The Berean Expositor
Volume 9 - Page 81 of 138
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Rom. 5: 15, 16, 18, and 20 of Adam's act of disobedience, which opened the door for
the entrance of sin and death.
SINS (hamartia).--The original word is from hamartanő, "To miss" as a mark, or as a
way, a deviation, a failure. The tragedy of sin lies not only in its corruption and its
criminality, but in the fact that it writes "failure" across the life of man. The bow has
been drawn, the arrow has been shot, the mark has been missed; all have sinned and come
short. Both to sins of rashness, ignorance, and temptation, as well as to sins of failure
and deviation, the believer has died.
Do we intend by this that there are no longer two natures in the child of God? By no
means. Do we intend by this that we have no sin, and that we shall not sin? By no
means; but, knowing the blessed fact that Christ died to sin and for sins, we "reckon
ourselves dead indeed to sin" and also to "trespasses and sins", and set our minds on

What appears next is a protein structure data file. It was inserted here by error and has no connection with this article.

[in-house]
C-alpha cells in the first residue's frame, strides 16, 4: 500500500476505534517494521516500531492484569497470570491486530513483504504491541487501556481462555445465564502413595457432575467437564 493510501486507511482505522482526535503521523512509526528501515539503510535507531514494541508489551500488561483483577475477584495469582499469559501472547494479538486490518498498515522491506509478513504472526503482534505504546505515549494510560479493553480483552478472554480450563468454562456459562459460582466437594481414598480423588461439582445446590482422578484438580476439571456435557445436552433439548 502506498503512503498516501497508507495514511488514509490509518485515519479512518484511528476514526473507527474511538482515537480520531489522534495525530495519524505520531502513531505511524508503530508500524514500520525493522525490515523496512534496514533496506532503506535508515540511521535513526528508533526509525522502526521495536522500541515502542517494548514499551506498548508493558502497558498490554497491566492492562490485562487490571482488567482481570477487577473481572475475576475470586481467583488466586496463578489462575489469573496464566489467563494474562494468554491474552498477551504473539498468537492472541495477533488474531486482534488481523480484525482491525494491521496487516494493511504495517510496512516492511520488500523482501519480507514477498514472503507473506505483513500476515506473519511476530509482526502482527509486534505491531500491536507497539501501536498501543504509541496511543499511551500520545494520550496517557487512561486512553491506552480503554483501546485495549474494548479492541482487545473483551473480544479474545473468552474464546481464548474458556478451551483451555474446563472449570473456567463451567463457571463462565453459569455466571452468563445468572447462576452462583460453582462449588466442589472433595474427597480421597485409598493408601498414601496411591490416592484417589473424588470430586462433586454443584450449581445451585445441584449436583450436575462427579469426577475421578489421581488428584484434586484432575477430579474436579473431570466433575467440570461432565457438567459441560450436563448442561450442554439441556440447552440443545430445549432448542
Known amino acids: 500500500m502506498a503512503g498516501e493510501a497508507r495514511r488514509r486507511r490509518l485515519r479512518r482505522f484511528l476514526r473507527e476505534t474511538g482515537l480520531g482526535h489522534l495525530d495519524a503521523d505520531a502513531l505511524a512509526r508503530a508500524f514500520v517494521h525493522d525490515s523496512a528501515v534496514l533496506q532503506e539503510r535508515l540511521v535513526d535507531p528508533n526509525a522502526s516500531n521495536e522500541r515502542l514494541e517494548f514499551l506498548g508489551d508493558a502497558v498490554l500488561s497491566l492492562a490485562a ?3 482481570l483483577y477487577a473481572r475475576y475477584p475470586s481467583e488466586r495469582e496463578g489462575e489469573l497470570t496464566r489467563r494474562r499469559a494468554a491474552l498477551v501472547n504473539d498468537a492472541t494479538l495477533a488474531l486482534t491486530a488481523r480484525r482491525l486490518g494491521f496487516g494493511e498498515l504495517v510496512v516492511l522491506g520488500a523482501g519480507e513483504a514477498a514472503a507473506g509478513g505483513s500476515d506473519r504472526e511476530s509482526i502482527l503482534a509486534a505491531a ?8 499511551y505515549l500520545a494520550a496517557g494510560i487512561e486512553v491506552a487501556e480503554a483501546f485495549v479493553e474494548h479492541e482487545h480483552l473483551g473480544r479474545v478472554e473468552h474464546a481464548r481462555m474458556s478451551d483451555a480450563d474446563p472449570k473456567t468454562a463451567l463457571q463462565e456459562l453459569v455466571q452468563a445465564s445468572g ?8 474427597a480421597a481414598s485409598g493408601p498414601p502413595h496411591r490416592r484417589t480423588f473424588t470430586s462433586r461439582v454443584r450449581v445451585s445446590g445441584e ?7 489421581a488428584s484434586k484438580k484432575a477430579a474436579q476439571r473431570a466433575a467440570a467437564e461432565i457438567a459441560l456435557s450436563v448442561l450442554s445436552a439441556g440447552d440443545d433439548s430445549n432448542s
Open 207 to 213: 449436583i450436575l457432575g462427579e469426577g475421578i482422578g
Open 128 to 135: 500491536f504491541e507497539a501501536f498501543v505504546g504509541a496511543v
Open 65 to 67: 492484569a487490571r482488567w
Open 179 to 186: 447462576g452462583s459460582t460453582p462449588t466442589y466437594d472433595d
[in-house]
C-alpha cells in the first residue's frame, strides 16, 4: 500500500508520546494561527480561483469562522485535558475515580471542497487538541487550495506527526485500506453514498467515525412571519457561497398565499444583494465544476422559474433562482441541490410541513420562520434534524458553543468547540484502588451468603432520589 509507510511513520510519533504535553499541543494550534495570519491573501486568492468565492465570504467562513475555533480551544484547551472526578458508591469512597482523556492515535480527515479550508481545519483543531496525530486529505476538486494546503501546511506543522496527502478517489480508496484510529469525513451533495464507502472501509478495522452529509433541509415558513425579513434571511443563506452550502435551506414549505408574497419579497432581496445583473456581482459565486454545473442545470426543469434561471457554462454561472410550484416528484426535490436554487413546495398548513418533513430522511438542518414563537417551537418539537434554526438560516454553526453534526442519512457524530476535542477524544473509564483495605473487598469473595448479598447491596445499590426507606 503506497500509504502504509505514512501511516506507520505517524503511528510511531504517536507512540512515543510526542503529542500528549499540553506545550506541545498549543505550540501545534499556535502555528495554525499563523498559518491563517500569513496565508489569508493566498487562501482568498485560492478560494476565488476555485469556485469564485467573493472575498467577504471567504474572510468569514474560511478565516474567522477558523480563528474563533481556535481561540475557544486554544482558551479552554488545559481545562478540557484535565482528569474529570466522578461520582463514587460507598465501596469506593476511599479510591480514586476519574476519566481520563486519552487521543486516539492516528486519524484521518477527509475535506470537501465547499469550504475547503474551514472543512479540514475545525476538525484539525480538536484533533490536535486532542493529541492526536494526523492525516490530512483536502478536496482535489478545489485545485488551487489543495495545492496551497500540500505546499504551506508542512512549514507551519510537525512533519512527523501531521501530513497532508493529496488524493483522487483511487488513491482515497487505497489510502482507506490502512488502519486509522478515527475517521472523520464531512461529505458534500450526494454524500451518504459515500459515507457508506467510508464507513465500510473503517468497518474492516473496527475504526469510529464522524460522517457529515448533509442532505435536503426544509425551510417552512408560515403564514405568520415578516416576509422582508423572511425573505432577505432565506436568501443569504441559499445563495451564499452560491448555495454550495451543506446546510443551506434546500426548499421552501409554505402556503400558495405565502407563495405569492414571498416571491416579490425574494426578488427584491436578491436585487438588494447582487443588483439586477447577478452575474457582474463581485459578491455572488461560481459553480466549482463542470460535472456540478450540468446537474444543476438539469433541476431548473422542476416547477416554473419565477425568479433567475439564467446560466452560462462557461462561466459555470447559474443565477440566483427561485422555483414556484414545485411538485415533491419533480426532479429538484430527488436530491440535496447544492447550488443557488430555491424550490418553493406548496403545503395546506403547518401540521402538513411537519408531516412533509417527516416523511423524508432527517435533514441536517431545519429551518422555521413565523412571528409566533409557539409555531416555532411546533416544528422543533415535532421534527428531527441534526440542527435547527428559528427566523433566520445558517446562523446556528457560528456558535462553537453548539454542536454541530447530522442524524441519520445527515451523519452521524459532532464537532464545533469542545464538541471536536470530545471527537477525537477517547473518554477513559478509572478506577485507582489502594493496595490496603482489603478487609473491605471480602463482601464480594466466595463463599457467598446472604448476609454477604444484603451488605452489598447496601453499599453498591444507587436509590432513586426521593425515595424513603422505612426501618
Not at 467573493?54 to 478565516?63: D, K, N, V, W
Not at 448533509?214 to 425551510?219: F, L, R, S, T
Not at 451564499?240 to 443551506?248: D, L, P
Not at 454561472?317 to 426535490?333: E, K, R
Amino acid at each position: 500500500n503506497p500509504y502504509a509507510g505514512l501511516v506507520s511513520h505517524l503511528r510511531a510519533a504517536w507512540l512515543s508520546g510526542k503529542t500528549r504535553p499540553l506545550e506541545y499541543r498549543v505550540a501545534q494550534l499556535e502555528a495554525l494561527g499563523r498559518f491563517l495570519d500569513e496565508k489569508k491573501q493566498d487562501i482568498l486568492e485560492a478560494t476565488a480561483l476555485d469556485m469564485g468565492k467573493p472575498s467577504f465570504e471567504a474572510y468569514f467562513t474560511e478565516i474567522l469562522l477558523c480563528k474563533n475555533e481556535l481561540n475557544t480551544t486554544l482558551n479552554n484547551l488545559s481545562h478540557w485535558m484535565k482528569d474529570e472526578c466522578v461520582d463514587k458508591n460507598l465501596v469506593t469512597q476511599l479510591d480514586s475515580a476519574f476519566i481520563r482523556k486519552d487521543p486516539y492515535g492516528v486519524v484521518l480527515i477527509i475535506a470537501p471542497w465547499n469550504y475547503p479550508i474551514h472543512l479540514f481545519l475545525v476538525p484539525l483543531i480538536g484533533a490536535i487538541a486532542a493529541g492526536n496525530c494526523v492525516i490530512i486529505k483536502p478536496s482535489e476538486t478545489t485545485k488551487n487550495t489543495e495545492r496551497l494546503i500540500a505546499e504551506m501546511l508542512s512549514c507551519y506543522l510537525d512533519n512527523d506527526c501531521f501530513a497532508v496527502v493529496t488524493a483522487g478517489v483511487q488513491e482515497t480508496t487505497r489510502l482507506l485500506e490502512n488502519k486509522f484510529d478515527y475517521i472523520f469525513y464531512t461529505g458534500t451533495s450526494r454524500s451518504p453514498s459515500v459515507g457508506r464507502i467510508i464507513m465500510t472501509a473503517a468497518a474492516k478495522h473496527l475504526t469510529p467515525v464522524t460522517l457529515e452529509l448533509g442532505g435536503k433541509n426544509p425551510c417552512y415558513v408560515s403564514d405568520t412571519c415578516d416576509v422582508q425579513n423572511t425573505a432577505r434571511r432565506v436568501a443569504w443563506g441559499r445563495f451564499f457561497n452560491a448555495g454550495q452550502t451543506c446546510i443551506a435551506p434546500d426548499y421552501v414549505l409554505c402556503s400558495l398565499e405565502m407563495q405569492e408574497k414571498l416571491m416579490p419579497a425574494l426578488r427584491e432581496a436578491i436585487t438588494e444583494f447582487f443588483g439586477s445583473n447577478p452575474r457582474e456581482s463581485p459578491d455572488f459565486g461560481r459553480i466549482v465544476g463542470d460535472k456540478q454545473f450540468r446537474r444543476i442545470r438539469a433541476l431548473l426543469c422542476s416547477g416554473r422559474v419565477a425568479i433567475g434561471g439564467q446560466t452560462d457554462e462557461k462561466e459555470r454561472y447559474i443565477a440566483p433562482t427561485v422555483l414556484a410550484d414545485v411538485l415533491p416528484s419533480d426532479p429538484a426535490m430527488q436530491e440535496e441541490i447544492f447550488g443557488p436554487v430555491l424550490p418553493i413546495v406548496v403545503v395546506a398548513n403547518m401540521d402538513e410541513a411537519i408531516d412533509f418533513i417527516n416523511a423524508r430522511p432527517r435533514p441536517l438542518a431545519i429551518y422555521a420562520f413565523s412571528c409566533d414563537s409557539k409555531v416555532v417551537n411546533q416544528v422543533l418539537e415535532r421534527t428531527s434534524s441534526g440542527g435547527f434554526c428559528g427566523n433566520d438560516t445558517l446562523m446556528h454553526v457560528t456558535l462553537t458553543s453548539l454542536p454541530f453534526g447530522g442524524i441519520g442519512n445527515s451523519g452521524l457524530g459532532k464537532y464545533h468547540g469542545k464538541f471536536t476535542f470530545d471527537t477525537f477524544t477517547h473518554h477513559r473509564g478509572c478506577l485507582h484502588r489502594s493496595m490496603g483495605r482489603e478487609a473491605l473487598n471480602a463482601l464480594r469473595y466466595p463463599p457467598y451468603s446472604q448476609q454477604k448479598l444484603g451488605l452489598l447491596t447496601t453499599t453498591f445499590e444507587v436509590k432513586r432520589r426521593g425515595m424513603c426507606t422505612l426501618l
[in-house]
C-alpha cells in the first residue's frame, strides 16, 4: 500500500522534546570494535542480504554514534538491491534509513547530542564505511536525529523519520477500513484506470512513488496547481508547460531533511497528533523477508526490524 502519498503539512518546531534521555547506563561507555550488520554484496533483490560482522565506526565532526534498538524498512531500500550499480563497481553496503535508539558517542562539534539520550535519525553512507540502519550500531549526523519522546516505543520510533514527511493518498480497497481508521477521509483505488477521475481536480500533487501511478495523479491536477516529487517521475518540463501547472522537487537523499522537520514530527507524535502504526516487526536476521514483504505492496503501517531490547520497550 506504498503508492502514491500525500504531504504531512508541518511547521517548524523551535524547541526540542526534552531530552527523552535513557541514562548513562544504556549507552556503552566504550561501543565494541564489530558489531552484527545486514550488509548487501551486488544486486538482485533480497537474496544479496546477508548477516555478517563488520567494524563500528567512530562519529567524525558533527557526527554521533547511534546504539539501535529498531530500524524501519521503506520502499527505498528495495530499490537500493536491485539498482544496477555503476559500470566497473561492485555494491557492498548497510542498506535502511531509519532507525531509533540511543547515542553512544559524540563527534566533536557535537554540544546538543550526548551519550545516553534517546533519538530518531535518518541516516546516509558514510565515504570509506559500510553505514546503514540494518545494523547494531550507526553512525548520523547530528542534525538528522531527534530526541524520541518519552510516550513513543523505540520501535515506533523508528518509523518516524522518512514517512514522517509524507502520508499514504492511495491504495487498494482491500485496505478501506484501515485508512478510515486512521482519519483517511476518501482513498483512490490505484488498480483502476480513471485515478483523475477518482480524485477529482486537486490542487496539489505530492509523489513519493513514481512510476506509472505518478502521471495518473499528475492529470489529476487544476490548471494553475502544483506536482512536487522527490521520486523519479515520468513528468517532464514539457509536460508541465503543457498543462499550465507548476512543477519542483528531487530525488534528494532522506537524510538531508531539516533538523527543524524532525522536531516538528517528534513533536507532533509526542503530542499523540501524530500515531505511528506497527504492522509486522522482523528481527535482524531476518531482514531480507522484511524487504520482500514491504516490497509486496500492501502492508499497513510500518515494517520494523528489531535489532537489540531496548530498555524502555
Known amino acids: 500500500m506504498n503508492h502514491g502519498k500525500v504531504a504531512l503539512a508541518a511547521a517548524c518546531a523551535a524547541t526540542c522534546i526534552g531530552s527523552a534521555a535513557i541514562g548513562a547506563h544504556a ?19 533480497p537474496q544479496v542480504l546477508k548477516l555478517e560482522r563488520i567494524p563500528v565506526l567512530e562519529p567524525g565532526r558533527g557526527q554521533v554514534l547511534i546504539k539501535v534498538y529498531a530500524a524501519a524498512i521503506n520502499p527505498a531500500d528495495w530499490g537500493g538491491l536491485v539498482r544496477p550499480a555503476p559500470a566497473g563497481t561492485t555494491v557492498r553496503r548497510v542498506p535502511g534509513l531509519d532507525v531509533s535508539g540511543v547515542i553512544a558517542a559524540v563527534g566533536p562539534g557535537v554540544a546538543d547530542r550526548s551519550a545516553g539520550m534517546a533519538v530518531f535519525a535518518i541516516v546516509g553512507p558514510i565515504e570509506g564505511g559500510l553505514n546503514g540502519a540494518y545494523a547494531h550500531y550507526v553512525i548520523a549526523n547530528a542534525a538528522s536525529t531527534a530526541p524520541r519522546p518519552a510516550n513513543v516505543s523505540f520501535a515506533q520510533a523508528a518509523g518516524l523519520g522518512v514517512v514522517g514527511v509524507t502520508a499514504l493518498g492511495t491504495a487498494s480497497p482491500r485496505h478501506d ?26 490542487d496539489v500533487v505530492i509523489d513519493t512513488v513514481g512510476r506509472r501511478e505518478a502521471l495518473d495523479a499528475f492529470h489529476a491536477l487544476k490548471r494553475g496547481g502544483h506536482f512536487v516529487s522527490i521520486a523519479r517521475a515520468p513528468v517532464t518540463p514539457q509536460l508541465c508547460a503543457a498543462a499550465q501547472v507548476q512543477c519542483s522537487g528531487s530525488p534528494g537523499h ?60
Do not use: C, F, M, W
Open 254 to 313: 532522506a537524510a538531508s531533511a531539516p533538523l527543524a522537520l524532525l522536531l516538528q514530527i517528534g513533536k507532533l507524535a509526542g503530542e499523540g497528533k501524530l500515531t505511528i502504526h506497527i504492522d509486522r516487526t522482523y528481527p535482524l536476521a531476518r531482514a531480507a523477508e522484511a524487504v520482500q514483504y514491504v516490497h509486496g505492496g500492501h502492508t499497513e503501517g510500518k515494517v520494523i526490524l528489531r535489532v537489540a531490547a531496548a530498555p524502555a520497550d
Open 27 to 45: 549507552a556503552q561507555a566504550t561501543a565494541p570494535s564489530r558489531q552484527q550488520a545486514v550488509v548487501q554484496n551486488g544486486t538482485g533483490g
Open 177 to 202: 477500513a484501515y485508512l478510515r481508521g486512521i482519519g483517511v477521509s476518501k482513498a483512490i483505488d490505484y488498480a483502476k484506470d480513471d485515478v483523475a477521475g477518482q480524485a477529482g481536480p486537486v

things above, seeking the grace that He alone can give to enable us to begin to walk
worthy of the vocation wherewith we are called.
"The Age of this World" (Eph. 2: 2, 3).
pp. 113 - 118
The believer in Christ has died to trespasses and sins. This supposes that once the
believer lived in them, which the apostle proceeds to teach, showing in so doing the
character of those sins to which the believer is now dead. First let us notice to whom the
apostle addresses himself. You in verses 1 and 2, we and us in verses 3 and 7. It is
noticed by all readers that the words of verse 1 are repeated in verse 5, where the subject
is resumed, but it may be necessary to point out the change of pronoun whereby both
Gentiles and Jews, one in sinfulness, may realize their oneness in grace. "And you being
dead ones to trespasses and to sins", "we also being dead ones to trespasses". This
linking together is observable in the verses now before us, "in which YOU once walked.
. . . among whom also WE all once had our conversation. . . .", the sinful life is called
a walk, and this chapter places before us two walks and two only, the one "according to
the age of this world", the other, the good works of the new creation (verse 10). Death
and resurrection stand between these two, and to walk according to the age of this world
is to walk contrary to our calling which has to do with the age to come.
It will be of service to us if we give a little time to the study of this word "walk".
Starting with Romans, we have first of all the new life presented as a walk:--
"Therefore we were buried with Him by baptism into death, that like as Christ was
raised up from the dead by the glory of the Father, even so we also should walk in
newness of life" (Rom. 6: 4).